The purpose of this study was to explore counseling students’ experiences in social justice supervision. Findings indicated that participants had meaningful experiences in social justice supervision that impacted them as future counselors. Topics of privilege, oppression, clients’ sociopolitical contexts, and advocacy were reportedly prominent in the participants’ supervision and influenced their experiences.
Despite many calls for social justice supervision in the counseling profession (Baggerly, 2006; Ceballos et al., 2012; Chang et al., 2009; Collins et al., 2015; Glosoff & Durham, 2010; O’Connor, 2005), this is the first known study about supervisees’ experiences with social justice supervision. It represents a new line of inquiry to understand what social justice supervision may be like for supervisees. Findings indicate that participants wrestled with understanding social justice and viewed it as a complex topic. They also suggest that participants found value in making sense of social justice and using it as a tool to better support clients individually and systemically. Similar to research on multicultural supervision, participants indicated that receiving social justice supervision was a positive experience and impacted personal and professional growth (Ancis & Ladany, 2001; Ancis & Marshall, 2010; Chopra, 2013; Inman, 2006; Ladany et al., 2005).
Notably, findings align with some, though not all, of Chang and colleagues’ (2009) delineated tiers in the social justice supervision model. Some of the themes reflect the first tier, self-awareness. For example, participants’ feelings about social justice (Theme 2) and increased understanding of privilege (Theme 3a) highlight how the supervisory experience enhanced their self-awareness as counselors. As their feelings changed and knowledge of privilege grew, their self-awareness improved, a critical task in becoming a social justice–minded counselor (Chang et al., 2009; Dollarhide et al., 2021; Fickling et al., 2019; Glosoff & Durham, 2010). Participants’ increased understanding of clients (Theme 3b) reflects the second tier in Chang and colleagues’ (2009) model, client services. In demonstrating an enhanced understanding of clients and their world experiences, the participants reported thinking beyond themselves and into how power, privilege, and oppression affected those they counseled.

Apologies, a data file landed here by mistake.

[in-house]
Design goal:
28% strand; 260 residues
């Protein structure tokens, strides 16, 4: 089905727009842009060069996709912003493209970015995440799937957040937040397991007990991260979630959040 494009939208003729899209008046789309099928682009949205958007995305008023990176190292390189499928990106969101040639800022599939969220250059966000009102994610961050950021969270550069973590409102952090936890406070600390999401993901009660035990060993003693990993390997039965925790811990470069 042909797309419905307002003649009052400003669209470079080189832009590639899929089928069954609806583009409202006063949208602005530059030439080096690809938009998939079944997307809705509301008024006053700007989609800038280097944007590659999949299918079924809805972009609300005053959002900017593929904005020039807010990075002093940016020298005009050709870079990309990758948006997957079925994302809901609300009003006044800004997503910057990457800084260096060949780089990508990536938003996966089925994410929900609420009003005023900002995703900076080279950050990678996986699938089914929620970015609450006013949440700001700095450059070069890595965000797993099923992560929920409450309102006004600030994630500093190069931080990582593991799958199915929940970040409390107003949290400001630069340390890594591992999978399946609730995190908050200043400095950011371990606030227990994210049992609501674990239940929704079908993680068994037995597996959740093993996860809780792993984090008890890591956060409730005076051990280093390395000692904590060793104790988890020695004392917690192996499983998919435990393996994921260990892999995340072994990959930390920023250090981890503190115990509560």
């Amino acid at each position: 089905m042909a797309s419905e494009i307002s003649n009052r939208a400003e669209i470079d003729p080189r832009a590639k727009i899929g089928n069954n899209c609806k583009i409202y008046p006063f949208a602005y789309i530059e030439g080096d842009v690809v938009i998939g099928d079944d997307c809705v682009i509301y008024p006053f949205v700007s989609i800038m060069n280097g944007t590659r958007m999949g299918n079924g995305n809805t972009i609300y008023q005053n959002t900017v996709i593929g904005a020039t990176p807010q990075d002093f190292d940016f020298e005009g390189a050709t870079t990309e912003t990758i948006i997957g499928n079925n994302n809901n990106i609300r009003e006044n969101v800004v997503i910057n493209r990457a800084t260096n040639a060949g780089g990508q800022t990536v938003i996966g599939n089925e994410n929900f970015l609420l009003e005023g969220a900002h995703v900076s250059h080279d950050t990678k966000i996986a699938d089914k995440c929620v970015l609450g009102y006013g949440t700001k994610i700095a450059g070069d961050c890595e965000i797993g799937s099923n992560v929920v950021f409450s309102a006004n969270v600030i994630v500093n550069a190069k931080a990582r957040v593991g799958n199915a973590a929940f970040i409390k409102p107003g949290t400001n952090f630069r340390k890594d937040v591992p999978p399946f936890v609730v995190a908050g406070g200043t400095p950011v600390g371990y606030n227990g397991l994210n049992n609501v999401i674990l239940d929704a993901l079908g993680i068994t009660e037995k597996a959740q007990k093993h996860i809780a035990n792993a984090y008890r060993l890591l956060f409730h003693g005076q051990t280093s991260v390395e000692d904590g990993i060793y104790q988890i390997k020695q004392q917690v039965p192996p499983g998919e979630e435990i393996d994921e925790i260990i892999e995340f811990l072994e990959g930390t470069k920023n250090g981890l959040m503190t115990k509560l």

The final tier of the social justice supervision model, community collaboration, was not evident in participant data about their experiences. Despite the supervisor’s intent to address this tier through analyses of school and district policies, as well as community advocacy opportunities, themes about this topic did not manifest in the data. This theme’s absence may suggest that the supervisor’s efforts to address the third tier were not strong enough to impact participants. Alternatively, the absence may suggest that participants were not developmentally prepared to make sense of social justice at a systemic, community level. Instead, their development matched best with social justice ideas at the self and client levels.
Participant findings did align with previous research about supervision. For example, Collins and colleagues (2015) studied master’s-level counseling students and found that their lack of experience in social justice supervision led them to feel unprepared to meet the needs of diverse clients. In this study, the presence of social justice supervision helped participants feel more prepared to support clients, as evidenced in the subtheme of increased understanding of clients. Furthermore, this study reflects similar findings from multicultural supervision research. We found that multicultural supervision was associated with positive outcomes of being prepared to work with diverse clients and engaging in effective supervision (Chopra, 2013; Inman, 2006; Ladany et al., 2005). This pattern is reflected in the current study, as participants reported positive experiences in social justice supervision. Ancis and Ladany (2001) and Ancis and Marshall (2010) found that incorporating multicultural considerations into supervision increases supervisees’ self-awareness and encourages them to engage clients in multicultural discussions. These same results were evident in the present study, with participants reporting personal and professional growth, such as stronger awareness of White privilege and greater willingness to examine clients’ sociopolitical contexts. Findings also reflect general research on supervision, which indicates that supervisees typically experience personal and professional growth in the process (Association for Counselor Education and Supervision, 2011; Watkins et al., 2015; Young et al., 2011).